How Debt Collectors Are Jailing Debtors

The practice of jailing debtors was outlawed in 1833. Yet and still consumers in 2018 continue to share a pressing inquiry: “Can I go to jail for defaulting on debt payments?” As unfavorable as it may be to default on a loan or credit payment, it cannot directly result in you being handcuffed, booked, and jailed. The keyword here is “directly.”

People regularly wind up in jail as a result of delinquent debt, but not in the way you may have in mind. A recent American Civil Liberties Union (ACLU) study revealed how debt collectors have long manipulated the court system into jailing debtors who fail to pay their bills.

The Debt-to-Jail Pipeline

When you miss a payment, you’ll likely get a friendly reminder from the debt collector managing your account. Once your payment is 180 days past-due, the creditor or lender can charge-off your debt and pursue one of the following options:

  • Sue you for violating the terms of the agreement
  • Outsource debt collection to a third-party debt collector
  • Sell your account to a debt buyer who can either resell your account, pursue internal collection, or file a lawsuit

Debt collectors who file lawsuits against debtors are likely to receive a favorable decision from the judge being that most debtors don’t contest charges. With a judgment in hand, the debt collector will push for the judge to have the debtor appear in court for a judgment debtor examination where the individual in question must answer questions under oath about his or her finances and ability to pay the debt.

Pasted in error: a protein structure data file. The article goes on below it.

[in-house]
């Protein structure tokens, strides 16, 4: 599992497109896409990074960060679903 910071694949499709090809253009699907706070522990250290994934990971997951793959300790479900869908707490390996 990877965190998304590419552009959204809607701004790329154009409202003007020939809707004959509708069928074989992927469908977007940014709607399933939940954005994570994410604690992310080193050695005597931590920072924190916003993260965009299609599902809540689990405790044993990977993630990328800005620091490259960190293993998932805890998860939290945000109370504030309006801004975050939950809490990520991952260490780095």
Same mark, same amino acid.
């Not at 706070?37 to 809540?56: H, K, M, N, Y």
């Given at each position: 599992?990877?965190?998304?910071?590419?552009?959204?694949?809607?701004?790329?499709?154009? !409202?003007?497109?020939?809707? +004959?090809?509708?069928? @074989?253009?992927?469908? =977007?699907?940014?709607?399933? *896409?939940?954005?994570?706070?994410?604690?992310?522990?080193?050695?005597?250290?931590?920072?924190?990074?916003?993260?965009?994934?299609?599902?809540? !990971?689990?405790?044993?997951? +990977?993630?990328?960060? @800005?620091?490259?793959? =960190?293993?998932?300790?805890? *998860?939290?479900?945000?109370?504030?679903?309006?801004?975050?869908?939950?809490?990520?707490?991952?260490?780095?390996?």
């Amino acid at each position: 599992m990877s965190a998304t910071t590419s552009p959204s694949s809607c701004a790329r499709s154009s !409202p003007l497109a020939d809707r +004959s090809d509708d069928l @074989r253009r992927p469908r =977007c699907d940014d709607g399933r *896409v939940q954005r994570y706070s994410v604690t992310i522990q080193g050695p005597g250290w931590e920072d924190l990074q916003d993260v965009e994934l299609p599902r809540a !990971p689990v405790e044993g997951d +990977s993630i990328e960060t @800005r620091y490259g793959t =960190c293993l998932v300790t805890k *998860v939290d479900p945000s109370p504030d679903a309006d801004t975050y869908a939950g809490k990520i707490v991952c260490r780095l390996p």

When the debtor fails to show, the judge (with the debt collector’s encouragement) issues a bench warrant for the arrest of the debtor. Once arrested, the debtor will remain in police custody until their court hearing unless they can afford to post bail, and being that the origin of the legal issue is a result of one’s inability to make payments, most debtors remain in jail.

How Collectors Target the Financially Disadvantaged

While courts may perceive an individual skipping a court date as blatant disregard of the court system, the ACLU’s investigation found that people often missed court dates as a result of:

  • Lack of transportation
  • Medical issues
  • Childcare responsibilities
  • Work
  • Physical disabilities
  • Not receiving a court date notification

The study cited numerous situations where individuals were arrested for unpaid debts. In one instance a man committed suicide in jail after being arrested for an unpaid ambulance bill while another involved the passing of a caretaker’s mother two days after the caretaker was arrested for a 6-year-old debt claimed to be owed to a landlord.

The ultimate result of debt collectors manipulating the courts is the jailing of individuals who can’t afford to pay, weren’t notified, and possibly weren’t even legally obligated to pay.

Getting Justice Against Debt Collectors

Although the debt collection process may lead to an arrest, it is prohibited under the Fair Debt Collection Practices Act (FDCPA) for debt collectors to threaten you with jail time. Debt collectors violate the law in countless ways every day. If you have received a letter from a debt collector or a call, contact us and we can determine whether you have a case usually within minutes.

The Florida FDCPA and TCPA lawyers at The Law Offices of Jibrael S. Hindi can help you recover up to $1000 for harassment by debt collectors and between $500-$1500 per TCPA violation. Contact us today at 1-844-JIBRAEL for a free case evaluation. You pay nothing for us to pursue an FDCPA case. We get paid by the debt collectors.